Edit: Decided to take a stab at remixing something from this album with a downtempo/chillout take on Superbia.

Sonaris Music Review: The Witches Son by Cinder Ghost

“The Witches Son” is the title track taken from Cinder Ghost’s upcoming E.P “The Witches Son” – due for release August 10th.

Even though the majority of my own projects are in the mid-bpm range (between 125-132 usually) I often find myself drawn to the slower tempo when relaxing or trying something new. Something about the lower bpms which allows for more “feeling”, atmosphere and ambiance. Don’t get me wrong, there are many house producers who achieve amazing ambiance, but something about the spacing between the beats in slower tempo tracks is just pleasant.

This single from Cinder Ghost achieves that which I personally enjoy about downtempo/chillout electronica. The track starts off with a nice, filtered, warm ambiance. The bass wraps my ear canal, like a warm blanket on a chilly day. The reversed synth melody supports the plucking melody, the vocals fitting neatly between the layers. This relaxing chillout track is a great first entry for the upcoming EP. Check it out, below – there is even a [limited] free download of the WAV file available, at this time.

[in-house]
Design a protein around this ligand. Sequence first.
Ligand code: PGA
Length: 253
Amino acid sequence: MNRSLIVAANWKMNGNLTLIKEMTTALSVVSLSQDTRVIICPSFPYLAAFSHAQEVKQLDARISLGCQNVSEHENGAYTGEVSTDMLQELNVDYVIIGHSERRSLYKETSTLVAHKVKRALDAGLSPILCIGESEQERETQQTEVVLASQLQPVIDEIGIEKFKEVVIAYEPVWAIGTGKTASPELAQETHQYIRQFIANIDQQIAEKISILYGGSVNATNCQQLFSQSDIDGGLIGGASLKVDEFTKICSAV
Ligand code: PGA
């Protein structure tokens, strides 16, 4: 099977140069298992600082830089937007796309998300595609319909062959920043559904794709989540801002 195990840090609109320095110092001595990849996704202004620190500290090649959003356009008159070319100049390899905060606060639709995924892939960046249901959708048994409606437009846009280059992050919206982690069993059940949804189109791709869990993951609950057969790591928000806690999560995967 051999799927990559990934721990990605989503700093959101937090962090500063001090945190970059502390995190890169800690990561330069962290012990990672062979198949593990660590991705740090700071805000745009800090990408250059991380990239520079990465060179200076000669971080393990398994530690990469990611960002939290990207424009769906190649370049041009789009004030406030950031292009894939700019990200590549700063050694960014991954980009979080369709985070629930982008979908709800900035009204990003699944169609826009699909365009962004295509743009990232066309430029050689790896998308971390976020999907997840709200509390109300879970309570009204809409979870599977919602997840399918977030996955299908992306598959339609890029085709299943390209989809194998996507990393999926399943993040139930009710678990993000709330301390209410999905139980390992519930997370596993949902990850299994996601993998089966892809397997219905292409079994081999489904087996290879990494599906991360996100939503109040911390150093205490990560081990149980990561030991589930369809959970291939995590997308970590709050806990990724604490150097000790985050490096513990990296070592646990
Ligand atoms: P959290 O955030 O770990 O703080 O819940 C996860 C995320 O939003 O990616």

Hey, Soundcloud! An open letter – Fix yourself.

As a paying Soundcloud customer, I am unhappy. Here are what I think the problems are, and then some possible ideas for improvement, as well, so it’s not just a complaint.

The issues I have with Soundcloud:

  • The comment system is terrible (needs up/downvote system like reddit)
  • Bugs everywhere (problems logging in, seeing other people’s profiles)
  • Notification for getting stuff in my dropbox is non-existent so I miss a lot of demos people send in
  • For a long time I had problems uploading, no idea why
  • No real sense of community, at all
  • No rewards for good music, no competitive aspect like charts, etc…